If the report by AZ Central is accurate, and only 5 congressional representatives bothered to come and see what MHI dubbed Homes on the Hill. That too suggests something was missed by MHI, doesn’t it? There are 535 members of the U.S. House (435) and Senate (100). Numbers of those in Congress get contributions from MHI’s PAC. So why did such a small group of representatives come over a 5 day event?
The MHI “Homes on the Hill” videos are a fine idea.
· The videos are well done in a technical sense.
· But where is the promotion for those videos?
· Why is it that the MHI video posted above that was published on Jun 2, 2019, after a week online, has only
Now, against that backdrop, let’s pivot back to Cavco’s November 8, 2018 news release.
Stegmayer, Cavco, and the SEC/Shareholder Legal Clouds
As the numbers of shareholders suits against Cavco Industries continues to grow, an interesting point keeps arising relative to Joe Stegmayer, their former Chairman, President, and CEO. Let’s mention that he was also a former Clayton Homes division president.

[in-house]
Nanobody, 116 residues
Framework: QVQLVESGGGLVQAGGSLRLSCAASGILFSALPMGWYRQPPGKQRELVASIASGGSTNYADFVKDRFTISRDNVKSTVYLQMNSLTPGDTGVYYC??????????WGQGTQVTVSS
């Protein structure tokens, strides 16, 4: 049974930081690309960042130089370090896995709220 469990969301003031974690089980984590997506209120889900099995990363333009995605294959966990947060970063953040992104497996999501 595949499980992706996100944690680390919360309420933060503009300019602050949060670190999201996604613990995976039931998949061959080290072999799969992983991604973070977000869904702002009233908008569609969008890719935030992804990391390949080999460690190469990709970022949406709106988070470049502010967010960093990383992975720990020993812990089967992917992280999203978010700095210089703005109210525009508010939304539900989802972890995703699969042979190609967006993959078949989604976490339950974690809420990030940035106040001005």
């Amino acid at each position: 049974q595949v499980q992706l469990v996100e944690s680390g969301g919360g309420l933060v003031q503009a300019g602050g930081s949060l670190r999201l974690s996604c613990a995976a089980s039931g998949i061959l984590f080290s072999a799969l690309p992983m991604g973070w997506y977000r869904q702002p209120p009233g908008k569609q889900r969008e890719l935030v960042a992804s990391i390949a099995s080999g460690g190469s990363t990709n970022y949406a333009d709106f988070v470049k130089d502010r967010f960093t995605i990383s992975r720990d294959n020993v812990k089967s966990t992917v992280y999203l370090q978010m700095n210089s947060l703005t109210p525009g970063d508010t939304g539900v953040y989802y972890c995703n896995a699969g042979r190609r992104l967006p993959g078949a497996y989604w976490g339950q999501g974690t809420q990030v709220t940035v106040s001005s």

Part of the announcement on November 8, 2019 that sent Cavco shares plunging related to Stegmayer was that the multi-year leader of the publicly traded firm (CVCO) would step down into a more supportive, non-executive role.
But several indications from sources previously reported within Cavco, plus more recent hints by George Allen and others in his orbit, suggest that Stegmayer still exercises a leadership role that some believe is more like that of the shadow president than some supportive ‘non-executive’ role.